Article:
I may not be able to go practice going to school by actually going to school, but thinking about it is all it takes for a lot of my anxiety to kick in. I can use that to practice breathing and other techniques to calm myself down. Simulating anxiety-causing situations and then learning to control the feelings that arise is definitely a new goal on my list.

Take A Look At What I’m Reading: “Evolving in Monkey Town”

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Rachel Held Evans is my spiritual soul mate. I first heard of her when “A Year of Biblical Womanhood” was released and she was on the morning talk shows trying to explain to confused journalists how and why she spent a full 12 months living every biblical instruction for women as literally as possible. Some called her a fundamental nut. Others said she was making a mockery of the Bible. It’s pretty rare for a person to be accused of being two polar opposites. It was clear that she was courting controversy and I love that.

My mom gave me Rachel’s first book “Evolving in Monkey Town after she read “Womanhood” upon my recommendation. “Monkey Town” is resonating with me on a frighteningly deep level. Rachel went to William Jenning Bryan College in Dayton, Tennessee, home of the famous Scopes trial. As befits a college named after the man who tried to defend creationism in the Scopes courtroom and fought secularism his whole life, Bryan College taught Rachel a “biblical worldview.” Everything – from economics to literature – can be learned with a Biblical base and she was taught to question every non-Christian belief before she even personally encountered them. She is essentially describing my high school. She even mentions my textbooks and talks about performing skits mocking the New Age movement. It is EERIE. Most significant to me however, is that she describes a crisis of faith that I have begun to experience in the past few years. Why does a “Biblical worldview” bear such strange parallel to a “Republican worldview?” When having a conversation with an actual human person, does saying “So you are saying there is absolute right and wrong? Where do you think that comes from?” when they bring up the injustice of a rape/murder case ever not stop a conversation dead in its tracks? When looking at the world in terms of black and white absolutes, where does that leave mercy, grace, or compassion of any kind?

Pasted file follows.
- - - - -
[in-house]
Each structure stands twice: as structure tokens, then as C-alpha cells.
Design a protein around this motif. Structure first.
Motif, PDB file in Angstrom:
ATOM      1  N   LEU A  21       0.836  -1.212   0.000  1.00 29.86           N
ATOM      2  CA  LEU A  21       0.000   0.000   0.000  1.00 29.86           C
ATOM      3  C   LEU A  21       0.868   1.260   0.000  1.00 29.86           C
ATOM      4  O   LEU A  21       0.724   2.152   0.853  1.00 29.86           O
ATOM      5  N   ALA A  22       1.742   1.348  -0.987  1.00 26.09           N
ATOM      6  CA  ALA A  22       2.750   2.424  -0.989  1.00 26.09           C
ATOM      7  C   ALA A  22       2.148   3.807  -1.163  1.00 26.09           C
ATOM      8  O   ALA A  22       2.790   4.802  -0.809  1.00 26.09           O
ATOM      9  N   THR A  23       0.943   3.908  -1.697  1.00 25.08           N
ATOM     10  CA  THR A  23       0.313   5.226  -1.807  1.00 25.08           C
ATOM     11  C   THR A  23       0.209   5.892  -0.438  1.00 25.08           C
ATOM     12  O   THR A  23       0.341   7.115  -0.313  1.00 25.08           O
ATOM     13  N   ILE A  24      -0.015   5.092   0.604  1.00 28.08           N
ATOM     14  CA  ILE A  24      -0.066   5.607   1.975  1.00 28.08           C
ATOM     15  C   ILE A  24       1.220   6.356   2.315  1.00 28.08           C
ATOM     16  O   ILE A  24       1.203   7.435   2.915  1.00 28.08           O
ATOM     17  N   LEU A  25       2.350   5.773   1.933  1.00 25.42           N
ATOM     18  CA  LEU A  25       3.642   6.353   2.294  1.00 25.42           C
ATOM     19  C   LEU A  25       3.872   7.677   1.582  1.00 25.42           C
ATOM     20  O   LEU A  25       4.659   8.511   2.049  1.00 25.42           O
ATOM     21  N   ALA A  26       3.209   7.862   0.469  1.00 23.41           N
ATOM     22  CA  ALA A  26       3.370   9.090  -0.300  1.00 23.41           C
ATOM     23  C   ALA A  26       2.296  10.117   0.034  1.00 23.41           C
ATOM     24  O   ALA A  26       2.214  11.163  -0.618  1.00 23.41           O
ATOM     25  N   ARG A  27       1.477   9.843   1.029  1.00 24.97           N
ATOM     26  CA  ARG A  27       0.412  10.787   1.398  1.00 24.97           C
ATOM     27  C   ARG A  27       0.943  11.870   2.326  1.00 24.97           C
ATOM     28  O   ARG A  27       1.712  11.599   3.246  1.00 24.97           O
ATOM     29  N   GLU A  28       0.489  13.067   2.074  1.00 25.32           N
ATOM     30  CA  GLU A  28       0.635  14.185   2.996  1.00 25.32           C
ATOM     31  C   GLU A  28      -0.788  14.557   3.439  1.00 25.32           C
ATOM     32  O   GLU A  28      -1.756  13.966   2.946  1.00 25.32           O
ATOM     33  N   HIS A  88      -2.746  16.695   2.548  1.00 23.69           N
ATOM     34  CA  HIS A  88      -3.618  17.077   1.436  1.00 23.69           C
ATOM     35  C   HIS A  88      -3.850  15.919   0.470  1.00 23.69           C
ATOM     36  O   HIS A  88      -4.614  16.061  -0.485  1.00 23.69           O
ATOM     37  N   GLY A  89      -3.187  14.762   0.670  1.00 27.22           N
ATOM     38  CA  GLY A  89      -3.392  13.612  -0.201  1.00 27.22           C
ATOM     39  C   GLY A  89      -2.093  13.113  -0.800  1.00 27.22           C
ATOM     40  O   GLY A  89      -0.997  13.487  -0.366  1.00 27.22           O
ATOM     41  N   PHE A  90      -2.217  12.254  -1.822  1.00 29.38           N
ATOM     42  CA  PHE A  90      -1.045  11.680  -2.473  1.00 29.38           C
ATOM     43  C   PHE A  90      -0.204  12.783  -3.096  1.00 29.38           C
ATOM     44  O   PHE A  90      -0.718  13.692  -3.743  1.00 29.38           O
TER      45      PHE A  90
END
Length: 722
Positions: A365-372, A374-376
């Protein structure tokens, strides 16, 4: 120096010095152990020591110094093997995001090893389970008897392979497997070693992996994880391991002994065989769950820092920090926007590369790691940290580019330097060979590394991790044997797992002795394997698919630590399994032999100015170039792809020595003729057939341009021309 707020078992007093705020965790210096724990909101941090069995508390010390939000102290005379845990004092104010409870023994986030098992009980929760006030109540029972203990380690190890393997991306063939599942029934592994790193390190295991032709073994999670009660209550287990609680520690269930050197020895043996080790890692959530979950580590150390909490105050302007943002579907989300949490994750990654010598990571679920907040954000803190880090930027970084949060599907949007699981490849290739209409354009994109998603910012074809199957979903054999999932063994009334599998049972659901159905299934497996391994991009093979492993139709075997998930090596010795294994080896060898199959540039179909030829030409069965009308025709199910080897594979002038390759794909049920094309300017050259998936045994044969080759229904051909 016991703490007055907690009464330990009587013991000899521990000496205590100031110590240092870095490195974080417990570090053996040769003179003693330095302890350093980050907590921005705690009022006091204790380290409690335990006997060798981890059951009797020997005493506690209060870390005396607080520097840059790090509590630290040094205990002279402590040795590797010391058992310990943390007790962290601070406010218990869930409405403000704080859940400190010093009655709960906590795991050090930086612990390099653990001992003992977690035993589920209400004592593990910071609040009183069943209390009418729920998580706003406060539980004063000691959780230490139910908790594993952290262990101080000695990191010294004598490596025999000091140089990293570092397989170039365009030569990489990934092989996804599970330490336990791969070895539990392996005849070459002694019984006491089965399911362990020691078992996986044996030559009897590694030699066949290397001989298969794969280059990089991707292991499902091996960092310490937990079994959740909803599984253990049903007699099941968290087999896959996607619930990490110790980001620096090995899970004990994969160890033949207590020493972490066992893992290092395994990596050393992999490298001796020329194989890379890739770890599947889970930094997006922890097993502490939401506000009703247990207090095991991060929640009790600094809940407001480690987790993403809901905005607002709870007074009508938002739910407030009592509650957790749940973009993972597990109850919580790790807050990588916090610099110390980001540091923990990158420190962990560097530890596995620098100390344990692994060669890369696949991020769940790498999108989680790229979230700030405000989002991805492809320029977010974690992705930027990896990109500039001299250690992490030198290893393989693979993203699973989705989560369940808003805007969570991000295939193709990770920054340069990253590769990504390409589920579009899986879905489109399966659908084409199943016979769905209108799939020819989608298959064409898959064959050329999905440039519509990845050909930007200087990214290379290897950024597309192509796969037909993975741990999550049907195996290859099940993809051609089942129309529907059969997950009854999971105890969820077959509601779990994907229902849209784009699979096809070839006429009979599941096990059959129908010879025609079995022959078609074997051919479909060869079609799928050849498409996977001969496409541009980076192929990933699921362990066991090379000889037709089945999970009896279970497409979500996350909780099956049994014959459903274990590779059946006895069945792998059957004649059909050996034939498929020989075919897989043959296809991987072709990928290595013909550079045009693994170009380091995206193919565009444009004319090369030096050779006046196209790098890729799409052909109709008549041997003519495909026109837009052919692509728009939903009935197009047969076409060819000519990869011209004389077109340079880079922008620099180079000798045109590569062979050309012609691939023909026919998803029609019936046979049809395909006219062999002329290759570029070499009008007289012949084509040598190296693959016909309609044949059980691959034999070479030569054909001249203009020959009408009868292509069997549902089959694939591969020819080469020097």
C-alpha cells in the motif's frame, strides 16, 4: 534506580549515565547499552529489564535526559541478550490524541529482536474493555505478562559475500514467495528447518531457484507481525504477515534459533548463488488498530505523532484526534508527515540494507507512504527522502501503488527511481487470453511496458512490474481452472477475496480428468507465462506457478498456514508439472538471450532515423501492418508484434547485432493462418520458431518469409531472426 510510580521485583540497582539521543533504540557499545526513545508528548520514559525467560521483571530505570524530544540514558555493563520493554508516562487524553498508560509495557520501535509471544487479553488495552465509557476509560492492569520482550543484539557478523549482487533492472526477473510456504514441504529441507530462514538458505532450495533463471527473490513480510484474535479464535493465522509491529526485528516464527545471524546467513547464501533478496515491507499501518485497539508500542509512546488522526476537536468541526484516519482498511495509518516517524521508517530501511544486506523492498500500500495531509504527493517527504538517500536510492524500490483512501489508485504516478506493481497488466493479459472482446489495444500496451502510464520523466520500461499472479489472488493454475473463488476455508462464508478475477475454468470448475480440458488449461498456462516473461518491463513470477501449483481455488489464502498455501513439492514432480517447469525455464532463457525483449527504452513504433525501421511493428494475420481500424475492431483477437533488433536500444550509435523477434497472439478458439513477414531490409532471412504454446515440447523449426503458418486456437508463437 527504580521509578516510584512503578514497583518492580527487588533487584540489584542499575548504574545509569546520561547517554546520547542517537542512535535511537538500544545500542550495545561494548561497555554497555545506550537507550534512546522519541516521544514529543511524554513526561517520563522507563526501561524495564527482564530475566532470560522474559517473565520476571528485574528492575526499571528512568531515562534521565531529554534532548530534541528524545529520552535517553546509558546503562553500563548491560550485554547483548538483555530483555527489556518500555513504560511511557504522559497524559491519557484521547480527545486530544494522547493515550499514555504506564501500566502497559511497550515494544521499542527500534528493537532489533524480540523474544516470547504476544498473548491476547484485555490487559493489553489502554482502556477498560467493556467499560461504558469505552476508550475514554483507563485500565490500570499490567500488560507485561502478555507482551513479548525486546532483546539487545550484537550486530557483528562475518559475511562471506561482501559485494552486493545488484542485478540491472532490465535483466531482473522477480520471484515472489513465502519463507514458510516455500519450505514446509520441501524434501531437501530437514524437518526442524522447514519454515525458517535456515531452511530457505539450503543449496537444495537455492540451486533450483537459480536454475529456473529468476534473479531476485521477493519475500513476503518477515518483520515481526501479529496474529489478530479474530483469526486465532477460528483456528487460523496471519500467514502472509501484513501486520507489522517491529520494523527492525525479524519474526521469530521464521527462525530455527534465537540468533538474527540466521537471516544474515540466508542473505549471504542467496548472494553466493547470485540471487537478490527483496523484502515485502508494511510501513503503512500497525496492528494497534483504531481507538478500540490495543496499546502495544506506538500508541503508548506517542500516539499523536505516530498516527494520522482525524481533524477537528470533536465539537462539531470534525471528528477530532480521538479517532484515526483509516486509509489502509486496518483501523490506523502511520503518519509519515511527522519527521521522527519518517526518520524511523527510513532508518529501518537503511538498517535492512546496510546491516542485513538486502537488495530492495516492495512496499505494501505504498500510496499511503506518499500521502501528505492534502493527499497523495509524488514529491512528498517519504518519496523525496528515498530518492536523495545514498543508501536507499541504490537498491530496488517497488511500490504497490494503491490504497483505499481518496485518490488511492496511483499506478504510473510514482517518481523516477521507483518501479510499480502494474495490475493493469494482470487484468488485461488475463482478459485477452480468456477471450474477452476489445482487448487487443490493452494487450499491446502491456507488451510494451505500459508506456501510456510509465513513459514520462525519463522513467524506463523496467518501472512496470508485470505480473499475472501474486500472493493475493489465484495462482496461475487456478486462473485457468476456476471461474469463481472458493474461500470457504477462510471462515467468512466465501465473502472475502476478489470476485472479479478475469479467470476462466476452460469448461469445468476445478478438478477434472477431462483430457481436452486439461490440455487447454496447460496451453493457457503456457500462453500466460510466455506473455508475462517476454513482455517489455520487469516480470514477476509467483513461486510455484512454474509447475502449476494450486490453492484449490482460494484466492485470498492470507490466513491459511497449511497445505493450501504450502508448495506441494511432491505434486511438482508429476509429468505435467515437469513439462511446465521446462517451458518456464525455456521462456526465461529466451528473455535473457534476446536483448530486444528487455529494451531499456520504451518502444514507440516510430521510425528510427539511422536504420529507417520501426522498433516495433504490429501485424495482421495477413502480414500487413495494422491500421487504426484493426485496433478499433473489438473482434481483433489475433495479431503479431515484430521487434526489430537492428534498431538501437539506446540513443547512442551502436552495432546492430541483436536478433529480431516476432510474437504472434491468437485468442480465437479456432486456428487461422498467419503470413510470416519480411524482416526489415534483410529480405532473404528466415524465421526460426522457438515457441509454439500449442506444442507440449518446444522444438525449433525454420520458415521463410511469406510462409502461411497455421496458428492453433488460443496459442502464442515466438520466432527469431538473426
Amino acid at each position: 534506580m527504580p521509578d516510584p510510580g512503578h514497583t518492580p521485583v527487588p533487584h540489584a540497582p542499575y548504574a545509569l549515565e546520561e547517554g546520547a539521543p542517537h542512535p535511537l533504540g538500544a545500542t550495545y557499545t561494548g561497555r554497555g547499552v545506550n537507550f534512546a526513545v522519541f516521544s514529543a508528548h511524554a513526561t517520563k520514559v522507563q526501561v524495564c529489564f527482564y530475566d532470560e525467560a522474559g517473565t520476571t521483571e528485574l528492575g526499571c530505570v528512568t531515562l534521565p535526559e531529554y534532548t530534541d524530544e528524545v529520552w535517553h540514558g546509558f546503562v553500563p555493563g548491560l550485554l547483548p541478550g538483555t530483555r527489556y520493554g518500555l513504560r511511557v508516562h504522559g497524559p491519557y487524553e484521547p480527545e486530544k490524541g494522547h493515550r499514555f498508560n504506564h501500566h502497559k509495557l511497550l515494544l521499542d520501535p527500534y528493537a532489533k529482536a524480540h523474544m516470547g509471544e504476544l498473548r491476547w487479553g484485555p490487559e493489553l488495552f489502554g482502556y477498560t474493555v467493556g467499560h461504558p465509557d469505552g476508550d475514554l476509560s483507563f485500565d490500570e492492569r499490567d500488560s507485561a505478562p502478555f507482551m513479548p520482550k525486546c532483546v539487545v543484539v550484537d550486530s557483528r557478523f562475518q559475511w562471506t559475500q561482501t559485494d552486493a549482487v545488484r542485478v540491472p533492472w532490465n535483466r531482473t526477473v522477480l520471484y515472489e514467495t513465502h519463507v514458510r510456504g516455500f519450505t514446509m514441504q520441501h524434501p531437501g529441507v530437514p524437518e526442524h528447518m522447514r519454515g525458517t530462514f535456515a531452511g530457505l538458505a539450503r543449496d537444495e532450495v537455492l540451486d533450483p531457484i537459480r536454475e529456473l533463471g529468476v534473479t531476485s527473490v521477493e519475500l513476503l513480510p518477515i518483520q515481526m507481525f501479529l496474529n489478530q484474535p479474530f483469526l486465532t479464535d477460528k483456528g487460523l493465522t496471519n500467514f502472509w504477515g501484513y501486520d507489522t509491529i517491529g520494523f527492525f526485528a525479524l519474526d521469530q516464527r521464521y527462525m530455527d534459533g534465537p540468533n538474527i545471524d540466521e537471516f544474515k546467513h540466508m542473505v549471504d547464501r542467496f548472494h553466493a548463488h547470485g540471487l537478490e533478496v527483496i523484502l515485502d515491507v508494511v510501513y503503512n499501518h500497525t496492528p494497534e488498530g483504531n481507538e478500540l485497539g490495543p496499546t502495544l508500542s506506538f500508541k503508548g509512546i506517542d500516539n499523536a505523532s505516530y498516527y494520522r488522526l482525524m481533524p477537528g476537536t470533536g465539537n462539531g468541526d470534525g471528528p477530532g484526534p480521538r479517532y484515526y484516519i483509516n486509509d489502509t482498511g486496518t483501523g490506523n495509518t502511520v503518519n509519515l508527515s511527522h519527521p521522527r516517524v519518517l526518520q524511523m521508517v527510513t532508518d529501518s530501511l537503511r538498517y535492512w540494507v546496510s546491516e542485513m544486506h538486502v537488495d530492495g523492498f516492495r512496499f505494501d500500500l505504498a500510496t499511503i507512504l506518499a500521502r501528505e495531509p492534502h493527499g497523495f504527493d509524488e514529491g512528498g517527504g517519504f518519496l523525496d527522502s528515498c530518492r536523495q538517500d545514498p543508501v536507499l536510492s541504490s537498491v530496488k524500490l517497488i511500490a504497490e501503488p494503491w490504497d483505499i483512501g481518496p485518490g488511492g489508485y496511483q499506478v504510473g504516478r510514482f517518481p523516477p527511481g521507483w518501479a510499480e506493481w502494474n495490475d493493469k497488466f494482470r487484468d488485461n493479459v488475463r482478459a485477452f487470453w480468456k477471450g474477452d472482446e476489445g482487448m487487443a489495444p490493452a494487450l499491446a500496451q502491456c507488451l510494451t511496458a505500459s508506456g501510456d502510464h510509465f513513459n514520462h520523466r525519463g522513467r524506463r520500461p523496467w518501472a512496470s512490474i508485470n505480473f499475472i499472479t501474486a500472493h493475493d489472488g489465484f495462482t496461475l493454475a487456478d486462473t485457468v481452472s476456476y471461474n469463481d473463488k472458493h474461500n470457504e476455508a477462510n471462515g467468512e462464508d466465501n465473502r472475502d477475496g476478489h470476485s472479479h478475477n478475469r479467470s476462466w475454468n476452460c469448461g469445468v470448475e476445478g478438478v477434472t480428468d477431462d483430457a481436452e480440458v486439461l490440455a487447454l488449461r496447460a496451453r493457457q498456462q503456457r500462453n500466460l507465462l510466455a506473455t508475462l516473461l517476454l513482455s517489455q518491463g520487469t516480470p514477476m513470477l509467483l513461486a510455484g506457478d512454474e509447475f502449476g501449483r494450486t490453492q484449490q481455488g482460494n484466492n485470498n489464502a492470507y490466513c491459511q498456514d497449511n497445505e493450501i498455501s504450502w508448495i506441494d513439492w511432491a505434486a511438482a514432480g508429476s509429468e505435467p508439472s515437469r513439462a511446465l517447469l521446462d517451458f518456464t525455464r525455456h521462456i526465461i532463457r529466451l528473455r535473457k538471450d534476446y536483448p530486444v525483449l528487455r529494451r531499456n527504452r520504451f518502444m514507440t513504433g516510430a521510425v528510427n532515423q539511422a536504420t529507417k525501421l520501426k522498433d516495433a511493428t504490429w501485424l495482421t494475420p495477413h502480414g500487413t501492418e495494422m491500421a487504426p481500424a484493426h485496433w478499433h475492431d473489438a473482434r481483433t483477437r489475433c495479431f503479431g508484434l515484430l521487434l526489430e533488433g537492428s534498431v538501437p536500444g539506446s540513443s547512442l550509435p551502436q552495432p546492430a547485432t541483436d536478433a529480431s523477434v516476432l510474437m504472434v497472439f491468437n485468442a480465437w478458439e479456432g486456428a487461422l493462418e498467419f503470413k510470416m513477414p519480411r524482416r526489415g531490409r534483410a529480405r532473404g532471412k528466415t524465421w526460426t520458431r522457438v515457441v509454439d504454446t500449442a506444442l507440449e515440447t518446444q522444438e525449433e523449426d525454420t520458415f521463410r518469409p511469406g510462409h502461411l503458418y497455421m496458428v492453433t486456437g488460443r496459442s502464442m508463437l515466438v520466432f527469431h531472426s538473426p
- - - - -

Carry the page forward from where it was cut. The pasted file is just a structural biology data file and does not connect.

One section in this book especially struck me. After watching the execution of a Muslim woman, Rachel finds herself wrestling with the question of salvation. Zarmina was accused of murdering her abusive husband and despite the lack of evidence, was shot in the head by the Taliban. According to everything Rachel (and I) have been taught, this woman should be burning in hell right now. After a lifetime of punishment by a cruel world, she now faces the wrath of God.

“That’s not fair. How was she supposed to know any different? All her life she was taught that Islam is the one true religion, just like we were taught all our lives that Christianity is the only true religion? God didn’t really give her a chance.”

“Isn’t that why missionaries are so important,” Sarah (Rachel’s roommate) asked.

“Yes, but missionaries can’t get to everyone in time. There are millions of people, past and present, who have had no exposure to Christianity at all. Are we supposed to believe that five seconds after Jesus rose from the dead, everyone on earth was responsible for that information? How is a guy living in, I don’t know, Outer Mongolia in 15 AD supposed to figure out that Jesus died on the cross for his sins, was buried, and rose again on the first day. It’s impossible.”

It is impossible. I’ve asked this question and people always point to that line that Paul wrote that says that people are without excuse because of how beautiful the world is, or something like that. But that isn’t really talking about Jesus, specifically. It’s more about the existence of a God who created the universe. Well, other religions are kind of all about that. There isn’t a culture that is founded on atheism. So then are we saying that it isn’t the right God, so it doesn’t count? Native Americans who worshiped a Great Spirit while Paul preached in Greece are all just doomed because they weren’t born in the right place? Or the right time?

I think about another incident with Paul, where he saw a monument made “To A God Unknown.” He looks at his audience and says, “This is the same God I worship. You’ve been worshiping Him all along, you just didn’t know His name.”

Jesus never said we were supposed to have all the answers. That isn’t how Christians are supposed to be defined. Let them know us by our love. In my experience, the people who always have an answer, who feel the need to “fight the culture,” and “spread the truth,” are some of the least loving people around.